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Global Game Jam" was held in collaboration with RIT.

Action game with beautiful visuals designed by KCG students (start screen)
Action game with beautiful visuals designed by KCG students (start screen)

The Global Game Jam (GGJ), the world's largest game development hackathon held annually around the world on the same day with the same theme, was held online for the first time since its inception in 2009 from January 27 (Wed.) to 31 (Sun.), 2021, due to the global spread of the new coronavirus. 30 students from Kyoto Computer Gakuin (KCG) Digital Game Department participated in the online game development collaboration with their partner school, Rochester Institute of Technology (RIT), USA.

On Wednesday, February 3, nine mixed groups of KCG and RIT students gave final presentations of their best games in an online meeting connecting Japan and the U.S. to summarize the participation of KCG and RIT in GGJ.Vernon Herman, a longtime PlayStation software developer at Sony, and Alex Brazee, a veteran freelance game designer who has worked for both Blizzard and RiotGames in the U.S., participated as guest panelists, and the students had the opportunity to receive valuable advice on game creation directly from these two world-renowned creators.

The development theme of this year's GGJ was "Lost & Found," and each group of students from both schools made a series of unique presentations, including an action game in which the player can recover "souls" from enemies that the character has defeated and revive himself after fighting a boss and losing, and a puzzle game in which the player becomes a fictional doctor and skillfully removes unpleasant memories of patients to achieve high ratings.Among them, the riddle-solving horror game named "In Search of Light" was highly praised for its high-quality 3D visuals and ambitious concept of escaping from the facility while running away from AI-driven monsters.Guest panelists praised "MONOCHROME SHIFT," a gimmick puzzle action game in which players successfully switch between light and dark screens to reveal different scaffolding and items to clear each stage, saying it was a simple game with a clear concept and a well realized idea.

Mr. Hirota, a KCG student (Game Department) who created the game, asked, "How do you get around disagreements within the production team due to language barriers and time constraints in the real world?In response to the question, "What is the best way to achieve the goal?" Mr. Brazee politely answered, "If we cannot take the time to communicate well, we can use the 'command and control' system, in which the leader's instructions are absolute, or the style popular in the industry these days, in which the leader presents only the goal and the members are free to achieve it.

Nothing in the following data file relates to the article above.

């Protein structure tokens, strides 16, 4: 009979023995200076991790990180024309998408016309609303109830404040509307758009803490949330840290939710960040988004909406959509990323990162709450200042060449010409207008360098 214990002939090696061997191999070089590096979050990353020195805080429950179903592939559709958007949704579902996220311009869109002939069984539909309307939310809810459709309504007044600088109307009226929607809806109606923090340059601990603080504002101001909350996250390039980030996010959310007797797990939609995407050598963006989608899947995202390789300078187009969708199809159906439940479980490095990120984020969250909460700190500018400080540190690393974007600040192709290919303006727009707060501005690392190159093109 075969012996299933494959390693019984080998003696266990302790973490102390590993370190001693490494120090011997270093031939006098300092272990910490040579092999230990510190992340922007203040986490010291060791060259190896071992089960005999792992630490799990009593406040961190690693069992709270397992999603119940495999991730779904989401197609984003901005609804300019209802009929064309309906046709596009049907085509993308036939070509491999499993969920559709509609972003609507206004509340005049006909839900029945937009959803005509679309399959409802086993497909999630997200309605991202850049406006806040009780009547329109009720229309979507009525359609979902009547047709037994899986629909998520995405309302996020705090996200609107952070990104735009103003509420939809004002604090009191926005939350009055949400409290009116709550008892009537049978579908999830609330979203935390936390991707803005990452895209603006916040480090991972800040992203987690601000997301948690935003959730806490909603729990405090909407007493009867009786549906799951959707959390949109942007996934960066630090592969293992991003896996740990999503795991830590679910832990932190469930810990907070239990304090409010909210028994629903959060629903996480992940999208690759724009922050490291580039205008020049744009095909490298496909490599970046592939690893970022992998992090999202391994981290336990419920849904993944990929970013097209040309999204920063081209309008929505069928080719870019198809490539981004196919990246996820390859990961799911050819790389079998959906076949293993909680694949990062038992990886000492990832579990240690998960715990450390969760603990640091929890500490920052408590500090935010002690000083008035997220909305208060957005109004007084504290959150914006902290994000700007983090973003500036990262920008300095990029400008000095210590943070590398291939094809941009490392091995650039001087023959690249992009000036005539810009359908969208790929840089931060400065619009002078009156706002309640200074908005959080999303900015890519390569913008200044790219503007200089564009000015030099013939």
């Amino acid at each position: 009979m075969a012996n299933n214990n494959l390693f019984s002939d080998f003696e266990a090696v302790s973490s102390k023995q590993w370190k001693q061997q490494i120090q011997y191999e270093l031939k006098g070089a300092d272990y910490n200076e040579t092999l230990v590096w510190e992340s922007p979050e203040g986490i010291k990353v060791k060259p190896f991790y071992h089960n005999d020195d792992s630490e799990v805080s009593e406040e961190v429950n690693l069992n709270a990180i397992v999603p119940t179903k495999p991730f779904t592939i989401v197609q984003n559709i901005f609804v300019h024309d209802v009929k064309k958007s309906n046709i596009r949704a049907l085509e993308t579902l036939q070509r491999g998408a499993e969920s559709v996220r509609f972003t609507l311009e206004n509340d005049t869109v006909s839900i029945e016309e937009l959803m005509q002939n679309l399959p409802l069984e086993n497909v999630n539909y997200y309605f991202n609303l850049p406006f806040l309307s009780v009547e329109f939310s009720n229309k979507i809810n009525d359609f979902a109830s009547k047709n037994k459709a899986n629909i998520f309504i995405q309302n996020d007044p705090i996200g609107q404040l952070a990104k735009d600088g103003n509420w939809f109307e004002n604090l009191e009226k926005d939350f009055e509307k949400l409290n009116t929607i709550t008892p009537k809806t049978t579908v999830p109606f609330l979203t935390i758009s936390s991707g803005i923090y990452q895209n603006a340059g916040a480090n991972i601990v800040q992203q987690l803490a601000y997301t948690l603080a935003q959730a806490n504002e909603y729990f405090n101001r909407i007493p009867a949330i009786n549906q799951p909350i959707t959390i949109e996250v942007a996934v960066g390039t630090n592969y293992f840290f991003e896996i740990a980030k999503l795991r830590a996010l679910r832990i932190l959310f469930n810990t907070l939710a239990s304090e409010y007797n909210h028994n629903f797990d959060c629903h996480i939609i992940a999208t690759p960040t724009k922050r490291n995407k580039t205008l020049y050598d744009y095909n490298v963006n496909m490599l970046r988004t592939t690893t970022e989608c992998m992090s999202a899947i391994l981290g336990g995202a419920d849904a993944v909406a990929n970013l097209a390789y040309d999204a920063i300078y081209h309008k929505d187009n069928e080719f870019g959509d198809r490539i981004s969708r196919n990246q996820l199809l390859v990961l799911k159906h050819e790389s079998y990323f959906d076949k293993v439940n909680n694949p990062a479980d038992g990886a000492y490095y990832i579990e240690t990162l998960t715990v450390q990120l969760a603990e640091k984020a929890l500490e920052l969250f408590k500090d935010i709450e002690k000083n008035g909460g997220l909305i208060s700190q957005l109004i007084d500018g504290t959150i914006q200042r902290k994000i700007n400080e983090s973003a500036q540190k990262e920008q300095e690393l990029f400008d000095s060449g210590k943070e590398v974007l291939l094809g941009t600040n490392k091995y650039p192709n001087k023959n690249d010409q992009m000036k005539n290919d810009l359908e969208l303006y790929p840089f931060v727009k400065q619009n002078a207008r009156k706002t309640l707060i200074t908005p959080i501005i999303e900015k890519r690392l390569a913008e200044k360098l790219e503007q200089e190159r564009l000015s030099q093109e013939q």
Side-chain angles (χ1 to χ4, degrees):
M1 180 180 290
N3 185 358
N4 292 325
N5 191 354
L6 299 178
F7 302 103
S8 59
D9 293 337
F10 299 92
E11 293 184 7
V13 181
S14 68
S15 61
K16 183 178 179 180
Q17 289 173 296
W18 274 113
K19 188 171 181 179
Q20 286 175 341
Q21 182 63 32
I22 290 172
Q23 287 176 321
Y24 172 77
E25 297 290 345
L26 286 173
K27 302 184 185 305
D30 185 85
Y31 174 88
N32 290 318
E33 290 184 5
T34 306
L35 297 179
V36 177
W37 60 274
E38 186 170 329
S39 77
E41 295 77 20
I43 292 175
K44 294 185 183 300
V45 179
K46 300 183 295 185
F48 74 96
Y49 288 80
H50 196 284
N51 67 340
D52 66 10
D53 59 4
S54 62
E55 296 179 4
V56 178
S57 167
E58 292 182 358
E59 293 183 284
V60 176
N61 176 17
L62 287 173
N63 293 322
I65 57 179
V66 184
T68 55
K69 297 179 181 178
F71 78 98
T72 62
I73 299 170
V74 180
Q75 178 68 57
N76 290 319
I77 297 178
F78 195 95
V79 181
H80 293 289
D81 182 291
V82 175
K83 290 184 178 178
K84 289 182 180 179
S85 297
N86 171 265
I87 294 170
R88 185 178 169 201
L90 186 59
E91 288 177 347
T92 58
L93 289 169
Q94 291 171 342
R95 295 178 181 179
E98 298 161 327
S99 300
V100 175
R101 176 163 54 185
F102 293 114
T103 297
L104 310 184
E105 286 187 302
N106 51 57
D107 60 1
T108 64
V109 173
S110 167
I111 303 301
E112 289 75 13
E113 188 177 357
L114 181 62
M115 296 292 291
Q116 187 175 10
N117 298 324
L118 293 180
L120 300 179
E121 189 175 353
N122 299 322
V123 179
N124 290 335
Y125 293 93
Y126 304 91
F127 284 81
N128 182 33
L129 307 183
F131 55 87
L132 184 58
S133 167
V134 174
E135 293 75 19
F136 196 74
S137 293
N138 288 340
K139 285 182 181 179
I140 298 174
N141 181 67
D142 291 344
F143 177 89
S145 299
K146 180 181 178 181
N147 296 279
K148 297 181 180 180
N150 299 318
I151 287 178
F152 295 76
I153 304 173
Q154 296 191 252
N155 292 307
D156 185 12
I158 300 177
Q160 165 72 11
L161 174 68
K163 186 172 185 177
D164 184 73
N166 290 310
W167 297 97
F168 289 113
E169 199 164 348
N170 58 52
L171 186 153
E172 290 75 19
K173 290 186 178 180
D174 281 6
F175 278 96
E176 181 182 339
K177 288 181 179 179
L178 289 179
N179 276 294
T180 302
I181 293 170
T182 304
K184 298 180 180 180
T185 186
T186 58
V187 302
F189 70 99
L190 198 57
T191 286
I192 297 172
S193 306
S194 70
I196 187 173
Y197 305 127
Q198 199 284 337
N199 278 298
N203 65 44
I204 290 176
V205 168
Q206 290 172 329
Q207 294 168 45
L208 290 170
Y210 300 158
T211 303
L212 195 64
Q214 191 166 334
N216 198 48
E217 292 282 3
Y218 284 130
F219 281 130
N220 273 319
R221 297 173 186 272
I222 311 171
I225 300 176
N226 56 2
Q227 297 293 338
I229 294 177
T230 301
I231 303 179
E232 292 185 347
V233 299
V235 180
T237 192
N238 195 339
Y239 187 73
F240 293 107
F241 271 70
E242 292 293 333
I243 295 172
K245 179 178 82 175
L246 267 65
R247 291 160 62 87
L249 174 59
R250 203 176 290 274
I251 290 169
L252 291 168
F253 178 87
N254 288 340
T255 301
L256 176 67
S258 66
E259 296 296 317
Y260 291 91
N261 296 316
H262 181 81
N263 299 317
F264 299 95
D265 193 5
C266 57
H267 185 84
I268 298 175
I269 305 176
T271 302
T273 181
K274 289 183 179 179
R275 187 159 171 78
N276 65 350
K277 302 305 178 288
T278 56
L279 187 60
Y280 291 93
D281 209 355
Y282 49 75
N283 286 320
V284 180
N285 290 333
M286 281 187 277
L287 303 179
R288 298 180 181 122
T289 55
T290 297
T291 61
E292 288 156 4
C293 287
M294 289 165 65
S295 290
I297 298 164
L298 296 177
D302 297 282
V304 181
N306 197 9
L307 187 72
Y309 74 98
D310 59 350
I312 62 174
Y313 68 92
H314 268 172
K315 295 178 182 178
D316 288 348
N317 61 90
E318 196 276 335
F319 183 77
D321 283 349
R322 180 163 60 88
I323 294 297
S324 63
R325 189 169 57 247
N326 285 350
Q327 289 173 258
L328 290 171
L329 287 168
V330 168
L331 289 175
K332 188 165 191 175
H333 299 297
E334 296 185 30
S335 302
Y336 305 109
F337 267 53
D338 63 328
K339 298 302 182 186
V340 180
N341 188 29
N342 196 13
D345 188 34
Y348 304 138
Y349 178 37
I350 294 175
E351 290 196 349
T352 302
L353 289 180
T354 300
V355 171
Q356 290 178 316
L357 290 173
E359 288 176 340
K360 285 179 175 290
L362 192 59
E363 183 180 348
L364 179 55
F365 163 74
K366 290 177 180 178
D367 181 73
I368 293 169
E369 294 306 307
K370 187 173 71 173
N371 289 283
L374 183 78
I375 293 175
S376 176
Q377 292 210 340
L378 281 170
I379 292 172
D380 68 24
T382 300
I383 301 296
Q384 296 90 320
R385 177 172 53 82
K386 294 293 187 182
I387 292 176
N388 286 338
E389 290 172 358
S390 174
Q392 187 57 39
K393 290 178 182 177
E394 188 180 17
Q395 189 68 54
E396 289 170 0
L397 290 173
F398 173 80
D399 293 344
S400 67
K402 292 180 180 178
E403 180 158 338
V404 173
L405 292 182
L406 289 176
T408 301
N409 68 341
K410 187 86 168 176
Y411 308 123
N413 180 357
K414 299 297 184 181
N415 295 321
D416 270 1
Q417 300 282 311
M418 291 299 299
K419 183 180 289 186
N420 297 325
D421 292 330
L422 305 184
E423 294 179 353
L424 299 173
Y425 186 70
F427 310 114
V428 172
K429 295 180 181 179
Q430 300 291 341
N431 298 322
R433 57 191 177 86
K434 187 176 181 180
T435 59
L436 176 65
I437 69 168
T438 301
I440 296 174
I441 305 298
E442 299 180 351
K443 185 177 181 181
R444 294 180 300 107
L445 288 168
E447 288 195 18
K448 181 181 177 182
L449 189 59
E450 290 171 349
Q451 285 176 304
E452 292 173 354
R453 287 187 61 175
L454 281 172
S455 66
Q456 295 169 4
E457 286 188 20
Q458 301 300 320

This year's GGJ was a huge success, with approximately 28,000 game creators from 104 countries gathering at 585 virtual venues around the world to simultaneously develop more than 6,000 titles.Isao Takahashi, the head of the Digital Game Department, who supervised the students, said, "The students from Japan and the U.S., who were far away from each other, worked hard together, sharing screens via the game-specific chat application Discord and communicating in English and Japanese, which they are not used to, using the voice function.When we could not talk directly due to the time difference, we kept a chat log to keep each other informed of the status of development.I was frankly amazed that such a game could be produced in such a short period of time, even with such restrictions.Next year, I would definitely like to participate in the event as a producer," he said.

RIT is a prestigious engineering university founded in 1829 on the outskirts of Rochester, New York, USA.Known for being one of the first universities in the world to establish an IT department in 1991, the school has earned a reputation as one of the best in the U.S., especially in education and achievements in the fields of computer graphics, games, and IT.KCG has had a sister school affiliation with RIT since 1996, and has developed a study abroad program that allows undergraduate transfer, as well as a master's degree program for graduates of four-year universities in the Information Technology Department.

In Search of Light, a mystery-solving horror game (screen shot during play)
In Search of Light, a mystery-solving horror game (screen shot during play)
KCG students and faculty pose for a photo after completing the development and presentation.
KCG students and faculty pose for a photo after completing the development and presentation.